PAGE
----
Continued from page 1

“I have learned and seen what the country has learned and seen. Since 1995, we saw that balancing the budget doesn’t require a constitutional amendment,” said Rep. Rob Andrews of New Jersey. “In the late ‘90s, we balanced the budget with a set of reasonable and fair judgments.”

He said budget challenges brought by the Sept. 11, 2001, terrorist attacks and the Wall Street meltdown of 2008 make it tougher to accept “arbitrary restraints on our decision-making process.”

Five other lawmakers didn’t return repeated messages this week asking how they would vote. Among them were Mr. Clyburn, a member of the Democratic leadership, and Rep. James P. Moran, Virginia Democrat.

Democrats aren’t the only ones rethinking the amendment.

The Concord Coalition, a bipartisan budget watchdog group, endorsed the amendment in the 1990s, but not this time.

“I get a little bit frustrated with the whole balanced-budget amendment debate,” said Robert Bixby, the group’s executive director. “I just think the situation requires immediate attention to policy changes that would actually reduce the deficit rather than spending the next years debating amending the Constitution.”

During the earlier debate, one of the more vociferous lawmakers supporting the amendment was Mr. Biden, then a senator from Delaware.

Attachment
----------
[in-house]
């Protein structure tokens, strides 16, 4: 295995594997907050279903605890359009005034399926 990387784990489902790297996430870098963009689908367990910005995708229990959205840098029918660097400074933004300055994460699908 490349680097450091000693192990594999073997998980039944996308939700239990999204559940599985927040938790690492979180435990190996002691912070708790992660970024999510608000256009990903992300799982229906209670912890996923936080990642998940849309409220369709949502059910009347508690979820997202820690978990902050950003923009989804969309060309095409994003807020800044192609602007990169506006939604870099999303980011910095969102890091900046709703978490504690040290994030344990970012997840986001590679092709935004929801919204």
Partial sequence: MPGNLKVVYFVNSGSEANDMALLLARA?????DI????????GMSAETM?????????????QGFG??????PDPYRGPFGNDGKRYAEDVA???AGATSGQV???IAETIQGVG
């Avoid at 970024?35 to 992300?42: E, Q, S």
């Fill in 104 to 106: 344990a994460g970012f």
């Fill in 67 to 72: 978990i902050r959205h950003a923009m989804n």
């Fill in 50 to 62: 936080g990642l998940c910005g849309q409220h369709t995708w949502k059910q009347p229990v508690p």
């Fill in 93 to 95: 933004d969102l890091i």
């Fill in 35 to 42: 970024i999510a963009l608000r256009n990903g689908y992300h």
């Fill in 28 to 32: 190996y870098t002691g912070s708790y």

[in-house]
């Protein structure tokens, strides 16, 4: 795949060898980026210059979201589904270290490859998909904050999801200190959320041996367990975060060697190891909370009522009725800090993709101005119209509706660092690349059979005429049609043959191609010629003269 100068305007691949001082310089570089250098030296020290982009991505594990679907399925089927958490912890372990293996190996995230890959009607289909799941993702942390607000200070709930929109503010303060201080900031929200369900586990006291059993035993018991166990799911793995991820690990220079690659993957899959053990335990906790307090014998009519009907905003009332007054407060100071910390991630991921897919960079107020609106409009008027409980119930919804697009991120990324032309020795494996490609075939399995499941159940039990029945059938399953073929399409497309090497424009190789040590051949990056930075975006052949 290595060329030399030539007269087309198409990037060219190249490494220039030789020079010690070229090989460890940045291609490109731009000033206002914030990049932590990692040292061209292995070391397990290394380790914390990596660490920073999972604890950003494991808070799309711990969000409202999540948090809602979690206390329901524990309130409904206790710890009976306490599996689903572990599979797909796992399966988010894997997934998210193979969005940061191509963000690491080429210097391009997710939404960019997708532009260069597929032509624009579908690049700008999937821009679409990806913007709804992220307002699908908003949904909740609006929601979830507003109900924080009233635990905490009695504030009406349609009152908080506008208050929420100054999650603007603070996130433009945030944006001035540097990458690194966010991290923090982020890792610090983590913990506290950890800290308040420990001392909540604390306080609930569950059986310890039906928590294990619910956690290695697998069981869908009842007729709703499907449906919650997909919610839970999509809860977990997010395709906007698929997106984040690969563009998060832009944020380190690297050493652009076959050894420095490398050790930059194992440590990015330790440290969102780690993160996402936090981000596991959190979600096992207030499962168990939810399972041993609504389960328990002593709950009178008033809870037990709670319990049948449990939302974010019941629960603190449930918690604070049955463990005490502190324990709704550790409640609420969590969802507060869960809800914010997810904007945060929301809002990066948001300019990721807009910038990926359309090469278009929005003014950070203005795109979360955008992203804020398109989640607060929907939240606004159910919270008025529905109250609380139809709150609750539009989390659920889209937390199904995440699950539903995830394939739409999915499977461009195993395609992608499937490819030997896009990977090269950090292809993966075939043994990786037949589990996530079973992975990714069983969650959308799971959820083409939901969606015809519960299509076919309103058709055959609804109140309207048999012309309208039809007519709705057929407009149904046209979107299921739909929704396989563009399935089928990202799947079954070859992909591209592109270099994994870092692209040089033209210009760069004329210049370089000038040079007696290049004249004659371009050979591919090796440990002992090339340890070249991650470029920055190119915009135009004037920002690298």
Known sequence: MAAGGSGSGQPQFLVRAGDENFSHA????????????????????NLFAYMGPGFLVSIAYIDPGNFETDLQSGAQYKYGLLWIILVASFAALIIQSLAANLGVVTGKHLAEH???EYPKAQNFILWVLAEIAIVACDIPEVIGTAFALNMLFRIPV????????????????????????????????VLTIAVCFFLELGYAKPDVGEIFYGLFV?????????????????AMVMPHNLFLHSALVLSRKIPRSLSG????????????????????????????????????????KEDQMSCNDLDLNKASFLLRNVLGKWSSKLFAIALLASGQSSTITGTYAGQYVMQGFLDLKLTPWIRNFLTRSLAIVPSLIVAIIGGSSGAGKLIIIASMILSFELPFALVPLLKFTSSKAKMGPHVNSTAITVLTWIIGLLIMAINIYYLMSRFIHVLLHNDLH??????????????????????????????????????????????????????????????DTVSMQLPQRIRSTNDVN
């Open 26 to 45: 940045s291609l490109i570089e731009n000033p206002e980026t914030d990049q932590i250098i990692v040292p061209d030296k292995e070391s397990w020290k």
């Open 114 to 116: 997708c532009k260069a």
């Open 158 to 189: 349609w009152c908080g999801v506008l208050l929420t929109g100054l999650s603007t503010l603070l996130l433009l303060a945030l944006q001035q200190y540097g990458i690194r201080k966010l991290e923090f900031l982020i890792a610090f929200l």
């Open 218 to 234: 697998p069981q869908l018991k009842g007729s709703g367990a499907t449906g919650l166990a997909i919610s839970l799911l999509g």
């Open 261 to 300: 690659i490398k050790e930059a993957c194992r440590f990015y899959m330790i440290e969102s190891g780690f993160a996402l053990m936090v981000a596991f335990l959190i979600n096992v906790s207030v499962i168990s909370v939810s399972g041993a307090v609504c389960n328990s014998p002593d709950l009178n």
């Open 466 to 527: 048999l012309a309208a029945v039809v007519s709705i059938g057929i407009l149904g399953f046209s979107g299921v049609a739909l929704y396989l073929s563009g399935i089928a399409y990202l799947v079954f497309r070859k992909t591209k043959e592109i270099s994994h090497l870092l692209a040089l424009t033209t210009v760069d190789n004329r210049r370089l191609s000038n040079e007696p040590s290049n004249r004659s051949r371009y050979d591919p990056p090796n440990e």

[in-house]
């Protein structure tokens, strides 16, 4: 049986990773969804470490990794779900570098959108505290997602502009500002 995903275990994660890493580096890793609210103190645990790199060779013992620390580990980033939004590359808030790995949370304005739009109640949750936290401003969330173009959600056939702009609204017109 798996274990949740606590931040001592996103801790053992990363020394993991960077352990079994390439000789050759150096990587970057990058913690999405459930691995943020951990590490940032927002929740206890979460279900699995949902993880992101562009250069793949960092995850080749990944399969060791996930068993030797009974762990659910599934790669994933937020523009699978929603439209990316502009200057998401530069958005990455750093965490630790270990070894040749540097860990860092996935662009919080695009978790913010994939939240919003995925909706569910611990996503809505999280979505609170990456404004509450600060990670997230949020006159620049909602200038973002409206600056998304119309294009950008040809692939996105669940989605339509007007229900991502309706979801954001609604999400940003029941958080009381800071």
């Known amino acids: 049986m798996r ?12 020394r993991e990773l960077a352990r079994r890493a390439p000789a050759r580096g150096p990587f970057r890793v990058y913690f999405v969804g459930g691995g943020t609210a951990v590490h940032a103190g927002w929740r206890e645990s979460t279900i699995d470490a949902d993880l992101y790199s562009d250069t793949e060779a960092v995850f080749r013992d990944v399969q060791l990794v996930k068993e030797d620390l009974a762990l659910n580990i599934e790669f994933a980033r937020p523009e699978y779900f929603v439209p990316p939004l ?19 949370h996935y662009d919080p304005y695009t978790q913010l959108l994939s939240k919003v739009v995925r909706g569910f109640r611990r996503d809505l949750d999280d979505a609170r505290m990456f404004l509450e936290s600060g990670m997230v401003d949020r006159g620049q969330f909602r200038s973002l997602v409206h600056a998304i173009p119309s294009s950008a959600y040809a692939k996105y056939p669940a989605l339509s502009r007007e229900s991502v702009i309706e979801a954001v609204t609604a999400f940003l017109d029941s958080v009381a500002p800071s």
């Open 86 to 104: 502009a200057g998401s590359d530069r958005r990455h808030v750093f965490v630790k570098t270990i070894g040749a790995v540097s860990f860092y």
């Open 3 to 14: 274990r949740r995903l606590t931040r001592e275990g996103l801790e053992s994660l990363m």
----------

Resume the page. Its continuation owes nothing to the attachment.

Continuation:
He argued in a lengthy floor speech that the only way to preserve Democratic priorities was to balance the budget and stave off a crisis.

“We must send the balanced-budget amendment to the states — to the people of the United States — for their approval,” he said. “It is my belief that only when we have asserted control over our budget once again will we be able to conduct a meaningful debate on our real national priorities. Until then, the short-term, bottom-line calculations will continue to drive the budget process.”

Mr. Biden’s spokeswoman on Wednesday declined to comment. But the White House weighed in Tuesday by issuing a scathing attack on the proposed amendment and saying that limiting spending now could trigger “a second Great Depression.”

Voting for the balanced budget amendment wasn’t a good career move for House Democrats in 1995. Of the 72 who did, just 11 are still in the House. But nearly half of the 129 who voted against it are still in the chamber.